Ask me if you have questions.
    2b. hu' shuv sha'al et ha-she'ela she-hu' sha'al lifnej jomajm.
    He again asked the same question that he asked the day before yesterday.
    the day before yesterday is often called "shilshom".
    In the former sentence, the accusative marks the target of questions, whereas, in the latter, it marks the very questions being asked.

    Now, my question is whether or not it is possible to use these two different instances of -'ēt in the same sentence. How do you say, "I teach Sarah and Yael all the subjects in this school" and "He asked me the question he asked the day before yesterday"? ani melamed et sara ve-yael et kol hamiktso'ot bebeit ha-sefer haze. and "hu sha'al oti et (ota) hase'ela she'hu sha'al shilshom. " the version with "ota" sound's better. "otá" means "the same (feminine) " the same question = ota hashe'ela.

    Sentences with double accusative are avoided in most of the languages I know. I would like to know the case of Hebrew. ma da`atkhem?

    toda me-ro'sh,
    Flam

    as for the main part of your question (the double accusative thing) ..I didn't quite get what you're asking here..so I hope others would help too.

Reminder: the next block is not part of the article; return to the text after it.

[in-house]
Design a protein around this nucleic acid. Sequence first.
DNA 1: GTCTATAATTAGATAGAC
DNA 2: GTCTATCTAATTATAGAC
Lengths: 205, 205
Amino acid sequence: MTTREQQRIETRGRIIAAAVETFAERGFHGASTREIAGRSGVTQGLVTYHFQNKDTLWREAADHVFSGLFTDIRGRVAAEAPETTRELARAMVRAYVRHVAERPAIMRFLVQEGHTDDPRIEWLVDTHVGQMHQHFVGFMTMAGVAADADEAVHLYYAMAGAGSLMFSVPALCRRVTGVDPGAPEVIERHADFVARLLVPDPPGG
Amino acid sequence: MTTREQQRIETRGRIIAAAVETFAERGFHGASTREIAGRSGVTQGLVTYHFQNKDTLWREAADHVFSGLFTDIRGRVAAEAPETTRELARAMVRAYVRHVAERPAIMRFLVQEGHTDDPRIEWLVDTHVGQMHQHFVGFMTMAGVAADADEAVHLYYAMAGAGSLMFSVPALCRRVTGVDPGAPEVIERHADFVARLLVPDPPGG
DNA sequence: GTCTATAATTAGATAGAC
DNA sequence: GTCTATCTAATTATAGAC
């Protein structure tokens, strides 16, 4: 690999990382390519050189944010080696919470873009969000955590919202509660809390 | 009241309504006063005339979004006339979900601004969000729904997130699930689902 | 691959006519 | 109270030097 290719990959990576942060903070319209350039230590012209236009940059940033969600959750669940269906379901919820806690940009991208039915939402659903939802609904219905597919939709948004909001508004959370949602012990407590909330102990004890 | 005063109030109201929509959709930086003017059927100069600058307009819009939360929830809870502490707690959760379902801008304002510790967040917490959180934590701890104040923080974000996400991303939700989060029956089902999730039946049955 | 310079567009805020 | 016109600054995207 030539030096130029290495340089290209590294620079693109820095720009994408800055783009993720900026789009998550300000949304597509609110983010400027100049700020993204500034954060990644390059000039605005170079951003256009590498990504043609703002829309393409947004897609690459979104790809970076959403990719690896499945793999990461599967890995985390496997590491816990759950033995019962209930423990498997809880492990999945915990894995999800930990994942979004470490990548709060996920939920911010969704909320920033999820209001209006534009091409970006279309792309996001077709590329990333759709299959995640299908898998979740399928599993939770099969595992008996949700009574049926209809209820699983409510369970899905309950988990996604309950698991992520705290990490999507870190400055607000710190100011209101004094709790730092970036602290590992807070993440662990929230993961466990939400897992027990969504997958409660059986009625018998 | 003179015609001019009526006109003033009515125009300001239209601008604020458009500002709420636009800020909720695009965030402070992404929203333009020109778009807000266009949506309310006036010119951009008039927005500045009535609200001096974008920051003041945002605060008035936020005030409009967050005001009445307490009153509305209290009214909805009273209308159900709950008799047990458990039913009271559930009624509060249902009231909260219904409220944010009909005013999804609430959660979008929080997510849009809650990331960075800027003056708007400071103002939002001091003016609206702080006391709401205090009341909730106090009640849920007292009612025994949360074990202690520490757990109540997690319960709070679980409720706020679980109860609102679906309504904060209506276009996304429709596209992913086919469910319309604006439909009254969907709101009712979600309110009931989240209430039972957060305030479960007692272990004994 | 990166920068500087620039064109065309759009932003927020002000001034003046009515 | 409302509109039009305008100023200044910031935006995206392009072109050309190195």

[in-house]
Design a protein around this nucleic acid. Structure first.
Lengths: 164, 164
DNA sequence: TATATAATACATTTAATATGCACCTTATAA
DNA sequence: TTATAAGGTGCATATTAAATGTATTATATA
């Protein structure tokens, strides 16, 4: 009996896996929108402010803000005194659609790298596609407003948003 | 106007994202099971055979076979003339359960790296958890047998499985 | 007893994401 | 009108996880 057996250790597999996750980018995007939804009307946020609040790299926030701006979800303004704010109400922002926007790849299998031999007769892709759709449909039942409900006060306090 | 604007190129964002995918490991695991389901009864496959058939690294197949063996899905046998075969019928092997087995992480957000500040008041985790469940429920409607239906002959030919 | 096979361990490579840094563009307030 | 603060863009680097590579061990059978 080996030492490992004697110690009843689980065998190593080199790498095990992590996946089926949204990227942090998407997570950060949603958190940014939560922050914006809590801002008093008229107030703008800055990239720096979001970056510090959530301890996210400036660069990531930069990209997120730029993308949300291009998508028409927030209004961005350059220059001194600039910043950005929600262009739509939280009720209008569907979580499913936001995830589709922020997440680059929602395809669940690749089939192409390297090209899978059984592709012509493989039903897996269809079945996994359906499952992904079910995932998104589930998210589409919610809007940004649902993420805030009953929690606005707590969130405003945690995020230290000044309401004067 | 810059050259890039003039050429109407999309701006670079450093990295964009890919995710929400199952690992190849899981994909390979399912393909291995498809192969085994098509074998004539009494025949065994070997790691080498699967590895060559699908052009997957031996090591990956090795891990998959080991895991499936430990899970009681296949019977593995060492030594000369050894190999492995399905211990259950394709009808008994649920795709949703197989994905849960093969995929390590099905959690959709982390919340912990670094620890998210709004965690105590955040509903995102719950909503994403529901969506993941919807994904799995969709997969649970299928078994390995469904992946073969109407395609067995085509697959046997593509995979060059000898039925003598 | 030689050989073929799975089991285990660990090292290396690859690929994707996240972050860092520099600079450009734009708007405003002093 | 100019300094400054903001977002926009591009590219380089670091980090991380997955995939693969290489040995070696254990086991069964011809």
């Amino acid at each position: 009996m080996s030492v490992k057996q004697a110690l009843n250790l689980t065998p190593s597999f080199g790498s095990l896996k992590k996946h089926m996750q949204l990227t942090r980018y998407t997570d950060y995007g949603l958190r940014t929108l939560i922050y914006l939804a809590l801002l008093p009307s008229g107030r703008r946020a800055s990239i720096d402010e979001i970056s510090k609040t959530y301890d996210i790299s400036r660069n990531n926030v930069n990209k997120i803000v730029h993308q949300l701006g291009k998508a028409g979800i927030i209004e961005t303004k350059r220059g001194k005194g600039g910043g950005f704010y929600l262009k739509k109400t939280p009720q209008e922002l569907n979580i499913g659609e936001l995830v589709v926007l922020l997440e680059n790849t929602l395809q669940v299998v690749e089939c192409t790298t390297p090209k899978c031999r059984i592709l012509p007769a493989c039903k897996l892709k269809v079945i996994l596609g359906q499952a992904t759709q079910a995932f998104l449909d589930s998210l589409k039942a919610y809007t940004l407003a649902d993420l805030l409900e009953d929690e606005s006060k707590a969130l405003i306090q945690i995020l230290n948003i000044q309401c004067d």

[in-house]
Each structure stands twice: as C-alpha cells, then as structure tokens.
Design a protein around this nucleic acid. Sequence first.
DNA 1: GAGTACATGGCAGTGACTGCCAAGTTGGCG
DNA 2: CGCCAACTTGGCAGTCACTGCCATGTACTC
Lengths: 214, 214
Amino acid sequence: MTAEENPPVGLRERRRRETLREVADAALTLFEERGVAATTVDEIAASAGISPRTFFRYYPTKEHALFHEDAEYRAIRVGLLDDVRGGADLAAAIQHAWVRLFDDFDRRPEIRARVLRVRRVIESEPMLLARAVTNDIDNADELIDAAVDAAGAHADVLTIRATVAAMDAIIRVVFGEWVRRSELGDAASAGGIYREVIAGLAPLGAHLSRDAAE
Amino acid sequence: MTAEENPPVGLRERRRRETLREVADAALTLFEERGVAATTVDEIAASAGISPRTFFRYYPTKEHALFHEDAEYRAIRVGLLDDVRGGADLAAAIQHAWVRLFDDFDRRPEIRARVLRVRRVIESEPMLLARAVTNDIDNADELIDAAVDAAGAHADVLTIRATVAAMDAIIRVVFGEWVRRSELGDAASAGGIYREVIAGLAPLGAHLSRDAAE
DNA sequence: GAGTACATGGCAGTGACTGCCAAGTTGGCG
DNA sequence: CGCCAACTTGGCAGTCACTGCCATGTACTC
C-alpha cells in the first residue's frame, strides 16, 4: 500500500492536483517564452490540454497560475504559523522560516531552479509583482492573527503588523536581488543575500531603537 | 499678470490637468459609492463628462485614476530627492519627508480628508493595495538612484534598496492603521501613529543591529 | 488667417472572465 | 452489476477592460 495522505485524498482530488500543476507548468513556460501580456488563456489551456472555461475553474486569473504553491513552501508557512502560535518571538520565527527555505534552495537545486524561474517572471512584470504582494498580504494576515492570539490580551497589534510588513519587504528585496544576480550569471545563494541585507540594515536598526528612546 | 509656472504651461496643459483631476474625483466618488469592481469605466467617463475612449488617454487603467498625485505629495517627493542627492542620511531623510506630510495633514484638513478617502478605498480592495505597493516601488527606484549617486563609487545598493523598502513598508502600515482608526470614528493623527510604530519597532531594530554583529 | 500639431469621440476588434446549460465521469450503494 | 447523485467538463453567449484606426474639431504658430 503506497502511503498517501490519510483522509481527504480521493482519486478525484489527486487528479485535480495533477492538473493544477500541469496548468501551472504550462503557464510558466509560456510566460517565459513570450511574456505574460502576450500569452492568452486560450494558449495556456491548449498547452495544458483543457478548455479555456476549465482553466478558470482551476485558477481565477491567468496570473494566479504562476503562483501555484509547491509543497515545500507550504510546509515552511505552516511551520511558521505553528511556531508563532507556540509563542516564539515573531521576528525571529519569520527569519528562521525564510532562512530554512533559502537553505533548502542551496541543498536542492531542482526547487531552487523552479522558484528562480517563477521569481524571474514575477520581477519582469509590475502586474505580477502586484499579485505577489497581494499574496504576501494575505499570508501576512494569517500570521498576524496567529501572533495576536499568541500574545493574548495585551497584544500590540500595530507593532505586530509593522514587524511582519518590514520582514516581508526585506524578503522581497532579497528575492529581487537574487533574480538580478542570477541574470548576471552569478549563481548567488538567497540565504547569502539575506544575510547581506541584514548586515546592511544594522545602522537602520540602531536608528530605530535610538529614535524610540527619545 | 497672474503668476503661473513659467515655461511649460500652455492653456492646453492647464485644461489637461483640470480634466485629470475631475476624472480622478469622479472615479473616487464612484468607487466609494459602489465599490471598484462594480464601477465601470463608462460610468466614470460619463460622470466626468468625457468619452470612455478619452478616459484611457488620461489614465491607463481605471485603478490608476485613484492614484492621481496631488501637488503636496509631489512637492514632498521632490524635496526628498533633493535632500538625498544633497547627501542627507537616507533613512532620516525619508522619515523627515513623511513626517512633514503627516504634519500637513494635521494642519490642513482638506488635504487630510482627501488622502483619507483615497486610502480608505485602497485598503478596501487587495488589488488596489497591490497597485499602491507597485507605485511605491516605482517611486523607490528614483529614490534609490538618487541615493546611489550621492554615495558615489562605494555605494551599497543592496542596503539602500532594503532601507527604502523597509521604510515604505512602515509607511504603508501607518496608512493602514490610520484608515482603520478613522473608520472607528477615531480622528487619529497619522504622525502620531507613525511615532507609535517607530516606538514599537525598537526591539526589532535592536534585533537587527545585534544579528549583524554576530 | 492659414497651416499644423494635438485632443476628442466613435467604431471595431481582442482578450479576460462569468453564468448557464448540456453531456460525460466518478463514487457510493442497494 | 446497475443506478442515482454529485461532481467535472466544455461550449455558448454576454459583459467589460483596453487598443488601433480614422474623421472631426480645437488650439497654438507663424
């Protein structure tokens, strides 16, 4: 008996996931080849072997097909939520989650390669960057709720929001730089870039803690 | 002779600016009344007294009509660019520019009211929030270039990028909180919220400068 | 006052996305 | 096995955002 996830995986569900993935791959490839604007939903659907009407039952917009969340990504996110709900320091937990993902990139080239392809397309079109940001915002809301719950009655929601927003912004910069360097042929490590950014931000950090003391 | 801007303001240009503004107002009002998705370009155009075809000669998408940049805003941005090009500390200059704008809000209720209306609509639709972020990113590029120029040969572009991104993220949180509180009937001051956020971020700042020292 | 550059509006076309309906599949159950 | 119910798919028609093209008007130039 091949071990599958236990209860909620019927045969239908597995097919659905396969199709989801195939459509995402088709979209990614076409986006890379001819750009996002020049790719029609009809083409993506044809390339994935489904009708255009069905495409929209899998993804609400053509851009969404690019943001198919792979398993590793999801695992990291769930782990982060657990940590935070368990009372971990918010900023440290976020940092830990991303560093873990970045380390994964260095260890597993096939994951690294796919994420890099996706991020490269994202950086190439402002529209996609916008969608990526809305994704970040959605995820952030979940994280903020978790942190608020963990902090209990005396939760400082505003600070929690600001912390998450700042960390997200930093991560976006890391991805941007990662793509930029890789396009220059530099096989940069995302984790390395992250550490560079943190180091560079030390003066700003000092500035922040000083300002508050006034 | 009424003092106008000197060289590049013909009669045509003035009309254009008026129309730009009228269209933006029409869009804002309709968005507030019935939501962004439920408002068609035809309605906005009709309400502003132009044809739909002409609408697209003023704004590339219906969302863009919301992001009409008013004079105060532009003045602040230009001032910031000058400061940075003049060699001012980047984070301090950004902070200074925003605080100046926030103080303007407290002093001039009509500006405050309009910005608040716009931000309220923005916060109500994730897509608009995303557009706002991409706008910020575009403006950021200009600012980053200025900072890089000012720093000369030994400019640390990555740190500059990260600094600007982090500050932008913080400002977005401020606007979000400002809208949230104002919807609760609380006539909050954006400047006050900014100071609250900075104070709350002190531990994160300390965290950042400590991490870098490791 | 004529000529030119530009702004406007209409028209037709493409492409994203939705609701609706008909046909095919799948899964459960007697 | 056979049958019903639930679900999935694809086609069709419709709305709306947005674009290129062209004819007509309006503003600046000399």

Flaminius

    coclea mod
    日本語 / japāniski / יפנית
    as for the main part of your question (the double accusative thing) ..I didn't quite get what you're asking here..so I hope others would help too.

    Your sentences
    ani melamed et sara ve-yael et kol hamiktso'ot bebeit ha-sefer haze.
    hu sha'al oti et (ota) hase'ela she'hu sha'al shilshom.
    answer exactly what I wanted to know.

    In either sentences, the accusative marker -'ēt is used to mark nouns with two different roles to play in the sentence; the beneficiary and the content, of the action in the former sentence and the target and the content, of the action in the latter one.
     

    noali

    Senior Member
    Israel, Hebrew
    Your sentences

    answer exactly what I wanted to know.

    In either sentences, the accusative marker -'ēt is used to mark nouns with two different roles to play in the sentence; the beneficiary and the content, of the action in the former sentence and the target and the content, of the action in the latter one.